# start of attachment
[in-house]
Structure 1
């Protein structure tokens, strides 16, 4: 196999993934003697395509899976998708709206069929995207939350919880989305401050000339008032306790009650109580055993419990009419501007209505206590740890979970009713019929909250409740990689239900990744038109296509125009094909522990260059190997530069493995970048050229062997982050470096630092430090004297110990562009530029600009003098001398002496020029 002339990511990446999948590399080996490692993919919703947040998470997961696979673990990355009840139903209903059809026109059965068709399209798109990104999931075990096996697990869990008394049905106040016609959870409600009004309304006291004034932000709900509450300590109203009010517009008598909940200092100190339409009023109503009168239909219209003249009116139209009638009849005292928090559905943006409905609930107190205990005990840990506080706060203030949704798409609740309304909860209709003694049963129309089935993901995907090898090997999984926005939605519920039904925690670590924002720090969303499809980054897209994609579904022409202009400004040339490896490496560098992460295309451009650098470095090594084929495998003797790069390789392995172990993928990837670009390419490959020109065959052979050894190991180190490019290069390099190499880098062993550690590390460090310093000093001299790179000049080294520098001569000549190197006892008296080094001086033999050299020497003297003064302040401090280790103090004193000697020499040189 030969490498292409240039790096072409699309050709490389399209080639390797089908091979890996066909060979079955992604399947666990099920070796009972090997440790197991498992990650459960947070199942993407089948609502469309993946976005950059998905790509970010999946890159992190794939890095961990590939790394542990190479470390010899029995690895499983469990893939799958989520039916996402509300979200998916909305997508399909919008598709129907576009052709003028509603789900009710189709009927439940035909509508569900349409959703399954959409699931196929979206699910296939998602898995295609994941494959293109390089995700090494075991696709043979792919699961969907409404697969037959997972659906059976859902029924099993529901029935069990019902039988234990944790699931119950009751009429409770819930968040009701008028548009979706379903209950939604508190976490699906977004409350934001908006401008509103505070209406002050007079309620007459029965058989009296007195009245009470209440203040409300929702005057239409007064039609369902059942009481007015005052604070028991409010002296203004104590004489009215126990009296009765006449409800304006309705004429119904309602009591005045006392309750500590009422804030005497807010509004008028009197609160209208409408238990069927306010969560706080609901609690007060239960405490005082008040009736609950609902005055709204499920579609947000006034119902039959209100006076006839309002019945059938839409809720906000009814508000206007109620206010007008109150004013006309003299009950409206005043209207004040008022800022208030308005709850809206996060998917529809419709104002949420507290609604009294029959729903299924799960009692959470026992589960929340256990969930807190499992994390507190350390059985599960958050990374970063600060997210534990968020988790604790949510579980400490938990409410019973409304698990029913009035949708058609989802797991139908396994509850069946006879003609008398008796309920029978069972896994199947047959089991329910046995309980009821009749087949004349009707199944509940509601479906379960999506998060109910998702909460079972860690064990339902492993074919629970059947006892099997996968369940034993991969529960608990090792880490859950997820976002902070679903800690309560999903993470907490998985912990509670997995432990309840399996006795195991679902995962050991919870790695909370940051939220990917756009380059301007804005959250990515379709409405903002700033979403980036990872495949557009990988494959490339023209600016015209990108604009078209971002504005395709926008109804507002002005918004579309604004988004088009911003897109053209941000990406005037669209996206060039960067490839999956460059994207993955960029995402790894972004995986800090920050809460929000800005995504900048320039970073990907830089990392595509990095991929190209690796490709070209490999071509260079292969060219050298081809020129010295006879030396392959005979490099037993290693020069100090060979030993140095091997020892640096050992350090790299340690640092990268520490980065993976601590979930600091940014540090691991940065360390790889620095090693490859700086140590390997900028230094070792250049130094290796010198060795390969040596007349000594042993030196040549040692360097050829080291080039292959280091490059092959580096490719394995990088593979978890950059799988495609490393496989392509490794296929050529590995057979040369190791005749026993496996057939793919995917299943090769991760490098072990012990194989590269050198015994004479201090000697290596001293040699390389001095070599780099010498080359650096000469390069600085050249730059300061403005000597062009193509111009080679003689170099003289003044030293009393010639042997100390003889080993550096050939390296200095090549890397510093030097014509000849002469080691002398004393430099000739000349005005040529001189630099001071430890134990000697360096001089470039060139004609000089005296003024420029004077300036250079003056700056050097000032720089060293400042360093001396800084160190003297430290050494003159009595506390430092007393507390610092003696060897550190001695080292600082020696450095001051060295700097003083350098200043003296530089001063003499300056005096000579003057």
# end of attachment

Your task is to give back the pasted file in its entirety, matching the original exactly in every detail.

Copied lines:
[in-house]
Structure 1
């Protein structure tokens, strides 16, 4: 196999993934003697395509899976998708709206069929995207939350919880989305401050000339008032306790009650109580055993419990009419501007209505206590740890979970009713019929909250409740990689239900990744038109296509125009094909522990260059190997530069493995970048050229062997982050470096630092430090004297110990562009530029600009003098001398002496020029 002339990511990446999948590399080996490692993919919703947040998470997961696979673990990355009840139903209903059809026109059965068709399209798109990104999931075990096996697990869990008394049905106040016609959870409600009004309304006291004034932000709900509450300590109203009010517009008598909940200092100190339409009023109503009168239909219209003249009116139209009638009849005292928090559905943006409905609930107190205990005990840990506080706060203030949704798409609740309304909860209709003694049963129309089935993901995907090898090997999984926005939605519920039904925690670590924002720090969303499809980054897209994609579904022409202009400004040339490896490496560098992460295309451009650098470095090594084929495998003797790069390789392995172990993928990837670009390419490959020109065959052979050894190991180190490019290069390099190499880098062993550690590390460090310093000093001299790179000049080294520098001569000549190197006892008296080094001086033999050299020497003297003064302040401090280790103090004193000697020499040189 030969490498292409240039790096072409699309050709490389399209080639390797089908091979890996066909060979079955992604399947666990099920070796009972090997440790197991498992990650459960947070199942993407089948609502469309993946976005950059998905790509970010999946890159992190794939890095961990590939790394542990190479470390010899029995690895499983469990893939799958989520039916996402509300979200998916909305997508399909919008598709129907576009052709003028509603789900009710189709009927439940035909509508569900349409959703399954959409699931196929979206699910296939998602898995295609994941494959293109390089995700090494075991696709043979792919699961969907409404697969037959997972659906059976859902029924099993529901029935069990019902039988234990944790699931119950009751009429409770819930968040009701008028548009979706379903209950939604508190976490699906977004409350934001908006401008509103505070209406002050007079309620007459029965058989009296007195009245009470209440203040409300929702005057239409007064039609369902059942009481007015005052604070028991409010002296203004104590004489009215126990009296009765006449409800304006309705004429119904309602009591005045006392309750500590009422804030005497807010509004008028009197609160209208409408238990069927306010969560706080609901609690007060239960405490005082008040009736609950609902005055709204499920579609947000006034119902039959209100006076006839309002019945059938839409809720906000009814508000206007109620206010007008109150004013006309003299009950409206005043209207004040008022800022208030308005709850809206996060998917529809419709104002949420507290609604009294029959729903299924799960009692959470026992589960929340256990969930807190499992994390507190350390059985599960958050990374970063600060997210534990968020988790604790949510579980400490938990409410019973409304698990029913009035949708058609989802797991139908396994509850069946006879003609008398008796309920029978069972896994199947047959089991329910046995309980009821009749087949004349009707199944509940509601479906379960999506998060109910998702909460079972860690064990339902492993074919629970059947006892099997996968369940034993991969529960608990090792880490859950997820976002902070679903800690309560999903993470907490998985912990509670997995432990309840399996006795195991679902995962050991919870790695909370940051939220990917756009380059301007804005959250990515379709409405903002700033979403980036990872495949557009990988494959490339023209600016015209990108604009078209971002504005395709926008109804507002002005918004579309604004988004088009911003897109053209941000990406005037669209996206060039960067490839999956460059994207993955960029995402790894972004995986800090920050809460929000800005995504900048320039970073990907830089990392595509990095991929190209690796490709070209490999071509260079292969060219050298081809020129010295006879030396392959005979490099037993290693020069100090060979030993140095091997020892640096050992350090790299340690640092990268520490980065993976601590979930600091940014540090691991940065360390790889620095090693490859700086140590390997900028230094070792250049130094290796010198060795390969040596007349000594042993030196040549040692360097050829080291080039292959280091490059092959580096490719394995990088593979978890950059799988495609490393496989392509490794296929050529590995057979040369190791005749026993496996057939793919995917299943090769991760490098072990012990194989590269050198015994004479201090000697290596001293040699390389001095070599780099010498080359650096000469390069600085050249730059300061403005000597062009193509111009080679003689170099003289003044030293009393010639042997100390003889080993550096050939390296200095090549890397510093030097014509000849002469080691002398004393430099000739000349005005040529001189630099001071430890134990000697360096001089470039060139004609000089005296003024420029004077300036250079003056700056050097000032720089060293400042360093001396800084160190003297430290050494003159009595506390430092007393507390610092003696060897550190001695080292600082020696450095001051060295700097003083350098200043003296530089001063003499300056005096000579003057």